The old Democratic playbook on Republican Supreme Court nominations will no longer work for the Gorsuch confirmation hearings. Democrats used to spend much of their time talking about the importance of precedent and demanding that nominees follow it. The point, of course, was to protect one particular precedent above all—Roe v. Wade—and more generally keep alive the precedents favoring liberalism that were minted in the Warren and to some extent Burger and even Rehnquist eras.
But this approach no longer fits the times. One reason is multiplication of precedents that the Democratic base wants overruled. Citizens United is the best example. Hillary Clinton was even going to make its overruling a litmus test of her judicial appointments. But there are others too. Senator Schumer has already complained in the context of this nomination about Shelby County v Holder, which found a portion of the Voting Rights Act unconstitutional. And few cases enraged the left like Hobby Lobby, which held that closely held corporation had religious freedom rights under the Religious Freedom Restoration Act. More generally, given that liberals have not been a majority on Court in several generations, there is growing body of precedent they do not like.
And much of the Democratic party too is changing to become more openly radical. Thus, its base is not satisfied with simply standing on past precedent while hoping that the Court will drift their way. It wants the Court to be a more active partner in progressive social change.
This creates a dilemma for Democrats. The very important advantage of prioritizing precedent is that that appears to make them adherents of following the law, where the law is defined as the past case law of the Supreme Court. That allows them to do battle with the alternative legal position advocated by many Republicans: follow the Constitution as written because that is the law. But if there are some contested precedents Democrats want to retain, like Roe, and many other contested ones they want to discard, they need a new position.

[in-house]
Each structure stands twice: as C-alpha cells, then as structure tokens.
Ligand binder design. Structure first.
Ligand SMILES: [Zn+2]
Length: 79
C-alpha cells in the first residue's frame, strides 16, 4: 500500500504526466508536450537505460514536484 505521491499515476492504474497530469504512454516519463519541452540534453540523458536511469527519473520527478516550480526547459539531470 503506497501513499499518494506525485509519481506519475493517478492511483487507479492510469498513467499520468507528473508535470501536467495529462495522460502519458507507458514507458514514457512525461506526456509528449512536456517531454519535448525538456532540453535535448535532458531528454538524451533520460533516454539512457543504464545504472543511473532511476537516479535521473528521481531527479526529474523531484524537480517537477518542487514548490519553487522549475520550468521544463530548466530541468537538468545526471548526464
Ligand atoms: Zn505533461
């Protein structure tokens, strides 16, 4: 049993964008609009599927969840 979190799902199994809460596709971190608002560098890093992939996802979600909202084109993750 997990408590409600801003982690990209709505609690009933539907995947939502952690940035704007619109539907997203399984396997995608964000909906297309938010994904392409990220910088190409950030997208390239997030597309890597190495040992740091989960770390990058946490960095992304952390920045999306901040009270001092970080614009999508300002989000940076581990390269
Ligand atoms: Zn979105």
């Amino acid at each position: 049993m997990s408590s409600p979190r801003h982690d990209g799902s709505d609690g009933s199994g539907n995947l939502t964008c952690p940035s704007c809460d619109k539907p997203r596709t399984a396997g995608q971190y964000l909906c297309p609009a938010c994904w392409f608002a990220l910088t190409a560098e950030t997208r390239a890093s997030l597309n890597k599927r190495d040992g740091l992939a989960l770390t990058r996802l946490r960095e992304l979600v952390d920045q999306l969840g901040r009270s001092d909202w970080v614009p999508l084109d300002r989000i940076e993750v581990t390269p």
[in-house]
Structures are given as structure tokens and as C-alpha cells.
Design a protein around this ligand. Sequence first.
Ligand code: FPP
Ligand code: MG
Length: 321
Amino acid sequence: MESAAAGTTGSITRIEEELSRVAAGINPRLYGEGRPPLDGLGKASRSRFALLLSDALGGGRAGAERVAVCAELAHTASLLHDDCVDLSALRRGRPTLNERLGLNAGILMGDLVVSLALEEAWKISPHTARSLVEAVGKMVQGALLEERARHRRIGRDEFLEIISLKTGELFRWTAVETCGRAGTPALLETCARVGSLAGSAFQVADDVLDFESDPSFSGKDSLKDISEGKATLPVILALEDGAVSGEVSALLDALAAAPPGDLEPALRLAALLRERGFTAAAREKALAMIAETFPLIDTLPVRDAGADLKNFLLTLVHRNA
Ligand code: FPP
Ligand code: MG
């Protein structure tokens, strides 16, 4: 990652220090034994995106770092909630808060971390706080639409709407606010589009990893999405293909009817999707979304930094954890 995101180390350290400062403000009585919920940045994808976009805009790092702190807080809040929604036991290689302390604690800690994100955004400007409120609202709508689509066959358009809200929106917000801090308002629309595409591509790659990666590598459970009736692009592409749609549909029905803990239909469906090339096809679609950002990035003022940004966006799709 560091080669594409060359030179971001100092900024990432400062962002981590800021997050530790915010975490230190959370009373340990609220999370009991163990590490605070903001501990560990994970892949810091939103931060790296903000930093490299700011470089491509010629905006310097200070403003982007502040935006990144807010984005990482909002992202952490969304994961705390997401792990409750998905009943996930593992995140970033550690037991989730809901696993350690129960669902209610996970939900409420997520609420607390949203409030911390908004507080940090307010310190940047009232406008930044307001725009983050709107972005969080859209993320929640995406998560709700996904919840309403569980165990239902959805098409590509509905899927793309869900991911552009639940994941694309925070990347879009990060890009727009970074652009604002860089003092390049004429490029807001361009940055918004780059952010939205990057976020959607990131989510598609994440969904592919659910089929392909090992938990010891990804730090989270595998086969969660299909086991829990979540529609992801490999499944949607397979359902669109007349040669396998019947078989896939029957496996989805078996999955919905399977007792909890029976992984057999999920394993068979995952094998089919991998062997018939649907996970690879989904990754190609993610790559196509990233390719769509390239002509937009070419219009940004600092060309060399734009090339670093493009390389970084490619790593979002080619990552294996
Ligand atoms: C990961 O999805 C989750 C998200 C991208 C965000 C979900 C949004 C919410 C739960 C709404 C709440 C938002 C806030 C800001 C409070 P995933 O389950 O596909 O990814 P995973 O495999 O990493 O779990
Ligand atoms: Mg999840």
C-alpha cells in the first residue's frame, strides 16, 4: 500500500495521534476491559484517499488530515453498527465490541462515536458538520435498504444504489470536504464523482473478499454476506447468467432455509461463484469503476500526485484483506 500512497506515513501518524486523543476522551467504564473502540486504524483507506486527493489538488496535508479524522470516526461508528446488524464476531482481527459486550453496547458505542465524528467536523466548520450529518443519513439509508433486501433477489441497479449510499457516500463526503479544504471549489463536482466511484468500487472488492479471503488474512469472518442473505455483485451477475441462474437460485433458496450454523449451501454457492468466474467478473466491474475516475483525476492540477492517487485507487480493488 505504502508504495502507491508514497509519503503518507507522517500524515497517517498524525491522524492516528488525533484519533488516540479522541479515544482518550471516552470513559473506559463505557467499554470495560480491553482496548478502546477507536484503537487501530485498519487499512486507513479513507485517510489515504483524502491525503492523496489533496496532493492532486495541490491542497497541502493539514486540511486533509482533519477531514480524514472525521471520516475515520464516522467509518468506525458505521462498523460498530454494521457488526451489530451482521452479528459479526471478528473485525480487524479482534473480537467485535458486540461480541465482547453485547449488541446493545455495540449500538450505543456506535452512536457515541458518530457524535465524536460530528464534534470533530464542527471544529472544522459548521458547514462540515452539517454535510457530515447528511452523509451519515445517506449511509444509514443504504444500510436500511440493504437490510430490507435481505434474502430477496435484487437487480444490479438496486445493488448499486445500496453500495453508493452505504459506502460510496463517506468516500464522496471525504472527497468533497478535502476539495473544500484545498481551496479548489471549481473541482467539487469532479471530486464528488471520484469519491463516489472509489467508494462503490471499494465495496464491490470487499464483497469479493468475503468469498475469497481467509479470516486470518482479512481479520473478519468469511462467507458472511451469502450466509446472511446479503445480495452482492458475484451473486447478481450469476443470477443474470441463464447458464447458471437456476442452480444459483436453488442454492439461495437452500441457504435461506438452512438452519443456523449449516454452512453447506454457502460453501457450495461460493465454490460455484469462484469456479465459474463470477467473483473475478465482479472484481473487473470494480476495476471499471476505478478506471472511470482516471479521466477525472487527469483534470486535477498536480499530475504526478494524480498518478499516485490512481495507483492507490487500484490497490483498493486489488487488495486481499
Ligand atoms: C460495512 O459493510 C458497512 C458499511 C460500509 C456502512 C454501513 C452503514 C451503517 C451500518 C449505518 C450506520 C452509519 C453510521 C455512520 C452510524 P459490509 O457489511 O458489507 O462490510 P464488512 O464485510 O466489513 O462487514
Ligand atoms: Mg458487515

Of course, the easiest party line is the simplest: the nominee should follow the contested precedents that reflect the preferences of the Democratic party and reject those that don’t. But that is too nakedly a party line, because the public does have some appreciation of rule of law values. Obama’s formulation of wanting empathetic judges is not much better because it is readily seen as expressing selective empathy toward groups favored by the Democratic party. Sonia Sotomayor is an exemplar of such selectivity.
Of course, one could look to academia for non-originalist theories of law to create an entirely new playbook. But the problem with these theories is that they strike the public as less plausible accounts of law than originalism or following precedent. Ronald Dworkin who advocated a moral reading of the Constitution recognized that even judges would not admit to making a moral enteprise of constitutional interpretation. And I have noted before that when academics testify before Congress they leave their distinctive constitutional theories behind and make some variation on textualist and originalist arguments, even if they are bad ones. As hypocrisy is the tribute that vice pays to virtue, so a faulty reading of text often is a tribute paid to originalism. Look for some more of that at the hearings to come.